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When It Comes to Abortion Access, All Eyes Should Be on Florida

Florida’s parental consent bill could be the end of any abortion access in the South.

The state of Florida is having a debate that could lead the state on a path to severely restrict or outright ban all abortion if Roe is overturned.

At first glance, the state of Florida is having what looks like a very benign debate in the grand scheme of abortion rights. Florida, which has long demanded that minors either notify their parents prior to an abortion or seek out a judicial bypass instead, is considering changing that law to require that minors actually get parental permission.

In comparison to states that surround it, a parental consent law may seem like no big deal. After all, Georgia currently is debating a full six-week gestation heartbeat ban. Mississippi already passed the same. Meanwhile, Alabama has a constitutional amendment declaring that life begins at fertilization — and a young man in the state is trying to use it to sue a clinic for allowing his girlfriend to terminate a pregnancy without his permission.

With so many unbelievably extreme anti-abortion moves happening all around Florida’s border, does a parental consent bill really matter at all? Yes, very much so, since it could be the end of any abortion access in the South.

Florida once had a parental consent law on the books, but the state supreme court struct down the law in 1989, claiming that it violated the state constitution’s right to privacy. Abortion opponents came back with a parental notification law in the hopes that the more incremental restriction could make it past scrutiny. But it didn’t.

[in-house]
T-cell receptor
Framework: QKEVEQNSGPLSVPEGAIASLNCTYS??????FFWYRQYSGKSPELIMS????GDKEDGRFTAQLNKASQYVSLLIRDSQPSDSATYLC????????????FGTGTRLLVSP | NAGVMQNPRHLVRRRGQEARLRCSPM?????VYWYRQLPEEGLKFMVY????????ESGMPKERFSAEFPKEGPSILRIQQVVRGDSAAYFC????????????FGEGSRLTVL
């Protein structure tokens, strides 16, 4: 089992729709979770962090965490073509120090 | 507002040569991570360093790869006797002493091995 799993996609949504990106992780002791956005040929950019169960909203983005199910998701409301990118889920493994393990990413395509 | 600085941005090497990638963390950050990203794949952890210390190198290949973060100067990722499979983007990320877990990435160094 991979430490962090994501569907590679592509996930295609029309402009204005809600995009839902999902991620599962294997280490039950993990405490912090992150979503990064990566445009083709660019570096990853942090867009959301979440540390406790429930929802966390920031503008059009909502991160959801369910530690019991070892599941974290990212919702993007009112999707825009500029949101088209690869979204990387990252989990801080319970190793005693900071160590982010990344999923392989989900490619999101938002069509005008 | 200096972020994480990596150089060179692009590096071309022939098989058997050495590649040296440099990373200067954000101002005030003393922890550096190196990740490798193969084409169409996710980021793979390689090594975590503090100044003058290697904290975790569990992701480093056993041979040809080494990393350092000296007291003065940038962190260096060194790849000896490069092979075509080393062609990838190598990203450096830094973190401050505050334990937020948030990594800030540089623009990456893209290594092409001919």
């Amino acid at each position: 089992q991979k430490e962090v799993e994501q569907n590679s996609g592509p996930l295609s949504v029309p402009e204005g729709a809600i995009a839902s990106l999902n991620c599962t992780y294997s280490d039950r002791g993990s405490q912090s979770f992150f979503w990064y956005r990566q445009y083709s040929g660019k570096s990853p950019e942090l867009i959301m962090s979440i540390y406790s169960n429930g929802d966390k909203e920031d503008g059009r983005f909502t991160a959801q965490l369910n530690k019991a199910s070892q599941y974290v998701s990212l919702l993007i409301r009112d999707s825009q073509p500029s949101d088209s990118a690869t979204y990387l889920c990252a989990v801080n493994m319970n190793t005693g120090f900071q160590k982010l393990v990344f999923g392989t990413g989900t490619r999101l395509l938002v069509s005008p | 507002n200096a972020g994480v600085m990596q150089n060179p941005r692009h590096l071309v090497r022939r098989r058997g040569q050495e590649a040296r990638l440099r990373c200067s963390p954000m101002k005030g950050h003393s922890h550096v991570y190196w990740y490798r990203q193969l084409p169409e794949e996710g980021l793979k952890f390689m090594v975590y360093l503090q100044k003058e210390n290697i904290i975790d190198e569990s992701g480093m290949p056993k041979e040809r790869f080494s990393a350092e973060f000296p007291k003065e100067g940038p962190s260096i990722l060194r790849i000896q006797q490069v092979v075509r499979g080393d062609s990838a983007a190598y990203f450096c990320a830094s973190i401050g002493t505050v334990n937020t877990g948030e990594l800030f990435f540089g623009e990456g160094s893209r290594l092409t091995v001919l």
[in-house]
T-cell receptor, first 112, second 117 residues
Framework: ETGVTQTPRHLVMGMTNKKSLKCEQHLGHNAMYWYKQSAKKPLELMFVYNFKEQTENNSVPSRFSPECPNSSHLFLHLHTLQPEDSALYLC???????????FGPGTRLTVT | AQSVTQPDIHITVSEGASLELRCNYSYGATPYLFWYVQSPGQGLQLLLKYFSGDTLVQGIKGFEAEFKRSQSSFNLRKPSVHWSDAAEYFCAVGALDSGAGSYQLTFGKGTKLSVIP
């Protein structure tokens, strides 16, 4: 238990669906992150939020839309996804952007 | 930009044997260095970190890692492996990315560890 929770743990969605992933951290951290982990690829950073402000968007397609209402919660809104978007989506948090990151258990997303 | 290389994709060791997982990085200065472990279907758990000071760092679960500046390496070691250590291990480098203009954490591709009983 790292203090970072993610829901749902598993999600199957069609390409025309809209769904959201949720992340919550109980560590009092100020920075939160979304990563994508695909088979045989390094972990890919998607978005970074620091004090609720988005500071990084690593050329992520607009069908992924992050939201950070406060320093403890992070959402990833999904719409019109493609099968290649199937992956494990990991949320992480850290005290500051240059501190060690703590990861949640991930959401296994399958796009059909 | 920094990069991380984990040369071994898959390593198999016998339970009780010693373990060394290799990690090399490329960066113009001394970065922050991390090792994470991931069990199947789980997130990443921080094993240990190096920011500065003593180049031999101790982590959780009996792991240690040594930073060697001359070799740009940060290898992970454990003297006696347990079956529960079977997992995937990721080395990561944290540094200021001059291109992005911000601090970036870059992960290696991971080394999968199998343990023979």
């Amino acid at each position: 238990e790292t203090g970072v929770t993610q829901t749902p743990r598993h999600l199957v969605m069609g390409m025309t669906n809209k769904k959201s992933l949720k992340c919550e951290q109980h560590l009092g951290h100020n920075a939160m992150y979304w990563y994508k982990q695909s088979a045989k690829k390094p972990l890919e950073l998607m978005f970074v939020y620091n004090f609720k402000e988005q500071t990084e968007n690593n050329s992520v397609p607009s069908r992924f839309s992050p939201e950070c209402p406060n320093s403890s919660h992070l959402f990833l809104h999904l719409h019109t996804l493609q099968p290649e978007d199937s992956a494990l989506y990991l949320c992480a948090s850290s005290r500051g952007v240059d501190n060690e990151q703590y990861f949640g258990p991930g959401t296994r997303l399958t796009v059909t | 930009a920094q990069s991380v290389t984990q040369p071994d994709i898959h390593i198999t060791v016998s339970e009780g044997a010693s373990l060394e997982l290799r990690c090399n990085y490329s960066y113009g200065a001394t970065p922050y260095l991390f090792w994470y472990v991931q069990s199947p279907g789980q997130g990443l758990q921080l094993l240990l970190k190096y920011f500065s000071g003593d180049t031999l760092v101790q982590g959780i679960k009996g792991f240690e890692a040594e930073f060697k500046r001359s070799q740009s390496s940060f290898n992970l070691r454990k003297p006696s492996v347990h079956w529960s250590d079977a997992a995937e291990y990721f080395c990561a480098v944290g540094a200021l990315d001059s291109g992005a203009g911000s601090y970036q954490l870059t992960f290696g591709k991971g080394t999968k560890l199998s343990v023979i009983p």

The Florida Supreme Court again struck that law down, this time in 2003 — only to have the parental notification bill later pass through a state-wide ballot initiative in 2004.

That same right to privacy in the state constitution has been used to strike down other abortion restrictions passed by Florida conservatives. In early 2018, the court blocked a mandatory 24-hour wait bill passed in 2015 that would force patients to have two in-person appointments at a clinic with a doctor before getting an abortion.

The judge on the case explained that the Florida constitution claims the government must stay out of the personal lives of its citizens unless there’s good reason to intervene, stating, “it’s hard to imagine a more private, personal matter … as the decision whether or not to terminate a pregnancy.”

Unfortunately, the judicial bench has taken a radical shift to the right in Florida, and abortion opponents are hoping that could lead a new court to rule that stopping abortion is a “good reason” for the government to interfere. As of 2019, the Florida Supreme Court is now the “most conservative since 1976,” and the far right hopes it will “undo half a century of judicial activism,” according to the Orlando Sentinel.

With a new bench in place, all conservatives need to test out the court is the right law — and that’s where the parental consent bill comes into play.

Passing the bill again, despite a previous declaration of unconstitutionality, lets abortion opponents go right back into the fray with a bill they know will be challenged. And this time, they hope, the Florida Supreme Court will agree that there are some cases where the government can overrule the right to privacy.

Once that occurs, well, you can expect the ruling to be used as a stepping stone to declare that the government can always intervene when it comes to abortion, due to the need to protect “potential” life and even “protect” pregnant patients from potential harm. And if conservatives can do that, they can put the state on the path to severely restrict or outright ban all abortion when Roe is overturned.

In a post-Roe landscape, Florida was positioned to be the only state in the southeast where abortion could potentially be accessible — primarily due to constitutional protections for abortion access under privacy rights. But this new high court in Florida could up end that possibility, meaning our one hope for a safe haven may completely disappear.

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